Sinn Fein’s party for the first time in its history became the party with the most votes in Northern Ireland and was able to achieve a parliamentary majority that would allow it to lead a new government in the country that is part of Great Britain. With republican leanings, Sinn Fein is the political arm of the IRA group and for many years has flown the flag of its territory’s reunification with the Republic of Ireland. In this issue of The Debate we analyze the history of political change in Northern Ireland.
After the election, Sinn Fein’s leader, Michelle O’Neill, has called for a debate on Irish unity. However, the priority now is the formation of a government. The party with the most votes appoints the chief minister of the autonomous executive, while the party with the second largest number of supports appoints the deputy chief minister, both positions of almost equal relevance.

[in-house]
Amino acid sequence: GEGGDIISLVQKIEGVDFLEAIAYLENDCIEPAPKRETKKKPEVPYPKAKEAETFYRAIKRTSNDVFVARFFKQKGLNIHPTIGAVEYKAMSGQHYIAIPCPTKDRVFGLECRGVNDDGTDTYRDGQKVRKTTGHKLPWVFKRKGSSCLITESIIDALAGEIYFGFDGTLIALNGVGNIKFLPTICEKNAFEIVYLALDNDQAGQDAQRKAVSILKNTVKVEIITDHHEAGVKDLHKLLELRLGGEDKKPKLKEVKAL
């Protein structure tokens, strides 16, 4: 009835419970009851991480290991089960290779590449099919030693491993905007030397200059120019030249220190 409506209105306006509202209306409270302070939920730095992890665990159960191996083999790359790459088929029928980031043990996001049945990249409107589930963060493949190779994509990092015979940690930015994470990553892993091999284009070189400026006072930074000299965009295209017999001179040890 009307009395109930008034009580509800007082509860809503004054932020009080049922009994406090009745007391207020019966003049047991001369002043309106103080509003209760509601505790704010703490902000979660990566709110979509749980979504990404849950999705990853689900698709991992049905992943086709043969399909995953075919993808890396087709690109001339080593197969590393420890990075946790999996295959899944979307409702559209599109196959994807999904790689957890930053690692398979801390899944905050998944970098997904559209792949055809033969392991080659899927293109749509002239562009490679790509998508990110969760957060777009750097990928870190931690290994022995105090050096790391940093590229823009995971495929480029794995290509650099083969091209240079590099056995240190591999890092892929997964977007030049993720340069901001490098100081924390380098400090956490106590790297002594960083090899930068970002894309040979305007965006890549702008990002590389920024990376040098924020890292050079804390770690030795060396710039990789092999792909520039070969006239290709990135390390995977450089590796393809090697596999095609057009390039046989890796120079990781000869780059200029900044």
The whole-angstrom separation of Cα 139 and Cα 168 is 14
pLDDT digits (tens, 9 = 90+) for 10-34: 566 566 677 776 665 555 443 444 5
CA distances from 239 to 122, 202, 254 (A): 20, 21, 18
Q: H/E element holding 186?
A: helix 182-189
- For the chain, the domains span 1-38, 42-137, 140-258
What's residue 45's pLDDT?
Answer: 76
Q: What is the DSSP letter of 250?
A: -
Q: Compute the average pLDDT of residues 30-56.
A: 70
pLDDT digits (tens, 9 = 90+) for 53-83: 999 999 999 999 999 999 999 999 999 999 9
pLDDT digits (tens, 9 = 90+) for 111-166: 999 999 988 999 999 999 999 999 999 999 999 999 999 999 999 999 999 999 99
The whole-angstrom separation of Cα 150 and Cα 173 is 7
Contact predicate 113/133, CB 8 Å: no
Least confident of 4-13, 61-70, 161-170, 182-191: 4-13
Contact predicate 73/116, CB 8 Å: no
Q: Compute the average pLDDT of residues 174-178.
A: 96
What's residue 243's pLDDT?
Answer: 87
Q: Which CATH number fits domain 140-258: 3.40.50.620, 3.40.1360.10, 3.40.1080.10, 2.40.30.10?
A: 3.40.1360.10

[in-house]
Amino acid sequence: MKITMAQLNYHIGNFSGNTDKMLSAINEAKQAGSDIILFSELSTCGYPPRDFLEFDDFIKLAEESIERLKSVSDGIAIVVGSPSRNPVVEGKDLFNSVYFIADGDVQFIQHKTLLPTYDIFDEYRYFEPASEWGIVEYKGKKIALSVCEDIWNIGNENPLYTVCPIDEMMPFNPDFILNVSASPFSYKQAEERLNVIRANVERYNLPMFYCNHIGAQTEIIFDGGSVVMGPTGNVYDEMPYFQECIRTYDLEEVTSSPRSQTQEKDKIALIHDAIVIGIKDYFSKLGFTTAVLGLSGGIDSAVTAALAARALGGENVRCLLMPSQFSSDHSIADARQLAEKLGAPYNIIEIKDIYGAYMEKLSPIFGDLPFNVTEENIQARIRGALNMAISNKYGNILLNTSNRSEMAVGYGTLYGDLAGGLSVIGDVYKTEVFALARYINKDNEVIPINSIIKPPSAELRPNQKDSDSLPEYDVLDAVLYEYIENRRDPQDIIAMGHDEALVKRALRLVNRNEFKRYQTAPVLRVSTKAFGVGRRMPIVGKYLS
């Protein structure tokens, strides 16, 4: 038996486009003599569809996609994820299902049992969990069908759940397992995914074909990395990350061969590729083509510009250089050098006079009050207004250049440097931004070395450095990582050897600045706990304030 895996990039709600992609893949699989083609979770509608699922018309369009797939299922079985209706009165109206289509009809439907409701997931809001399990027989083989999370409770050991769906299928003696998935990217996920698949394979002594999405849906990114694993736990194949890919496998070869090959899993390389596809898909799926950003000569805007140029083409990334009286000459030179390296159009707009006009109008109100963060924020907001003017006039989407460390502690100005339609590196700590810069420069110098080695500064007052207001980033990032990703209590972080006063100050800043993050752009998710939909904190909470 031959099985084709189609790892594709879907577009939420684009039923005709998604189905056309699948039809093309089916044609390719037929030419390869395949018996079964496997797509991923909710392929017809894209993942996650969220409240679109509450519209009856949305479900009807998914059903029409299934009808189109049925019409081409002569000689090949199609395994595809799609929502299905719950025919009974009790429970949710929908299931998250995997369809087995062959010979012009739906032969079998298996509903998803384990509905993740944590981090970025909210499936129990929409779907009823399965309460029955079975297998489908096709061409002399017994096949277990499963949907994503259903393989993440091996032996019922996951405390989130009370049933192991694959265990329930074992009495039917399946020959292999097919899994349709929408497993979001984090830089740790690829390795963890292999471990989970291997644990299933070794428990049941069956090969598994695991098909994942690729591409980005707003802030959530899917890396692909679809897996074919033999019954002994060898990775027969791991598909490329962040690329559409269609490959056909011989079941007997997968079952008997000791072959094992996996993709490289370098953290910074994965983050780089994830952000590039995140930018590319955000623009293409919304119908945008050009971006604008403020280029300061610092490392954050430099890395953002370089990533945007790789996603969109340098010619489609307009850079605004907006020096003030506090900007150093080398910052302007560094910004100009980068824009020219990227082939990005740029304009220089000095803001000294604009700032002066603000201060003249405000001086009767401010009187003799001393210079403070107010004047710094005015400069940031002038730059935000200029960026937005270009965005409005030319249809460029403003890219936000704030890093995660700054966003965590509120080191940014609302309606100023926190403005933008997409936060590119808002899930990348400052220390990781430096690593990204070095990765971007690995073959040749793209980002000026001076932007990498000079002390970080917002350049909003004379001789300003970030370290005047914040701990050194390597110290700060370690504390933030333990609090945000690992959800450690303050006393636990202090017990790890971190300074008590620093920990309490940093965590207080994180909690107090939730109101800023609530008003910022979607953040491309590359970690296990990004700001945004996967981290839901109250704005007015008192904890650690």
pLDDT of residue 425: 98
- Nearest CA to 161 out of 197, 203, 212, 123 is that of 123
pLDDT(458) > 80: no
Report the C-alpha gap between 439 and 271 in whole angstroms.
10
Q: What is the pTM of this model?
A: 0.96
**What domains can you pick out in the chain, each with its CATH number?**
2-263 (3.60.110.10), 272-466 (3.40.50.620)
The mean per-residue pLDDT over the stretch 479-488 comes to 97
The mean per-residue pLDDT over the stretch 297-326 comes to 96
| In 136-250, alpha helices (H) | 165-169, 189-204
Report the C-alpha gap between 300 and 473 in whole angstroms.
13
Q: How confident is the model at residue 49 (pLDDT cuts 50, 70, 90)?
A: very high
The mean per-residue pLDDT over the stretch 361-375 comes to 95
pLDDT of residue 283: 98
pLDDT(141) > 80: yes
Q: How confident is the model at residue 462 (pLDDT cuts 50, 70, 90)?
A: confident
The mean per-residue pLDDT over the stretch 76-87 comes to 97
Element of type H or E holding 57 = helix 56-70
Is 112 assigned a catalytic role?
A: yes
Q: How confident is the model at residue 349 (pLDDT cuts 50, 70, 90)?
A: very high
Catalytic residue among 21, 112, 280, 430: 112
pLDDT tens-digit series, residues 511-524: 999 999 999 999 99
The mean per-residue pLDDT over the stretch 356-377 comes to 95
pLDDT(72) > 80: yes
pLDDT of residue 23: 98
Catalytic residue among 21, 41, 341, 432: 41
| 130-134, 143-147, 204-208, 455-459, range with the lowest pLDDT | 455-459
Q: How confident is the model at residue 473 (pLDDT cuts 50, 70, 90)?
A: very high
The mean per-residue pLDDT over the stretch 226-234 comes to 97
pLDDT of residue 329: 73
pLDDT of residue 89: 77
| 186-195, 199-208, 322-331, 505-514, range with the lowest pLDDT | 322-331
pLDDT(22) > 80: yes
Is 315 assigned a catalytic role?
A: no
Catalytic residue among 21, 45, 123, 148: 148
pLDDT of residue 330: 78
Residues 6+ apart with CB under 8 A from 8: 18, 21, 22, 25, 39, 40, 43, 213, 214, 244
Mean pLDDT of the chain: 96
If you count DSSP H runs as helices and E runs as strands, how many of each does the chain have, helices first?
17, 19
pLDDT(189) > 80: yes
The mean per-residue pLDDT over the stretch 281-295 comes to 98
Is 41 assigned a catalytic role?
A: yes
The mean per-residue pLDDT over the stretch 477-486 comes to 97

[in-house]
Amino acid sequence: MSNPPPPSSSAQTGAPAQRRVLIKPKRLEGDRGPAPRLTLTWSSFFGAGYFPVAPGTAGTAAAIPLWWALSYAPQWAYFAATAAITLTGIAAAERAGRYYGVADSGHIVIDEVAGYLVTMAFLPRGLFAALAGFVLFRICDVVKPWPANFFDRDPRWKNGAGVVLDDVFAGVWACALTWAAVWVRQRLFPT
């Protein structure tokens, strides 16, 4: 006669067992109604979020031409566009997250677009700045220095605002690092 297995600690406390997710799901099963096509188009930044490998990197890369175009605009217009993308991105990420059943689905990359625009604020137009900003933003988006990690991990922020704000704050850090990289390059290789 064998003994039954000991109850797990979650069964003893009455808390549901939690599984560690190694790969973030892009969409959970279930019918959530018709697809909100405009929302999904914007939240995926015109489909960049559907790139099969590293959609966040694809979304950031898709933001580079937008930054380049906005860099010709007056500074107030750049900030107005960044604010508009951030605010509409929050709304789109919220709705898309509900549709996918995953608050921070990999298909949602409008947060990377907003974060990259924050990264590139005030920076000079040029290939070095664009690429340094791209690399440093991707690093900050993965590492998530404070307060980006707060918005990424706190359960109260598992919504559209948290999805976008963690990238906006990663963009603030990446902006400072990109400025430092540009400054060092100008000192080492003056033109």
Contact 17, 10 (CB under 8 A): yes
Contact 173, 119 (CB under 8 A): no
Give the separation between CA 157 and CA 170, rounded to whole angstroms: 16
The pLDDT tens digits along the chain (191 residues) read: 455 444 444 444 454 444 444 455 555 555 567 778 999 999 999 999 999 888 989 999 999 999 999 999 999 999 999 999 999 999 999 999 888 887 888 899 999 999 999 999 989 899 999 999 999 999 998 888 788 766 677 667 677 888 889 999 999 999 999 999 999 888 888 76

What does Sinn Fein’s victory mean for Northern Irish politics? Are there conditions for a reunification referendum? How much weight has fallen on Northern Ireland after Brexit thanks to the protocol signed between London and Brussels? What succeeded in catapulting Sinn Fein into voter preference? What role does its current leader, Michelle O’Neill, have? We analyze these and other points together with our guests:
– Daniel Nina, legal expert and doctorate in social theory, professor at the University of Puerto Rico.
– Eva Millán, analyst and international correspondent in the UK and Ireland for the Spanish network Antenna 3.
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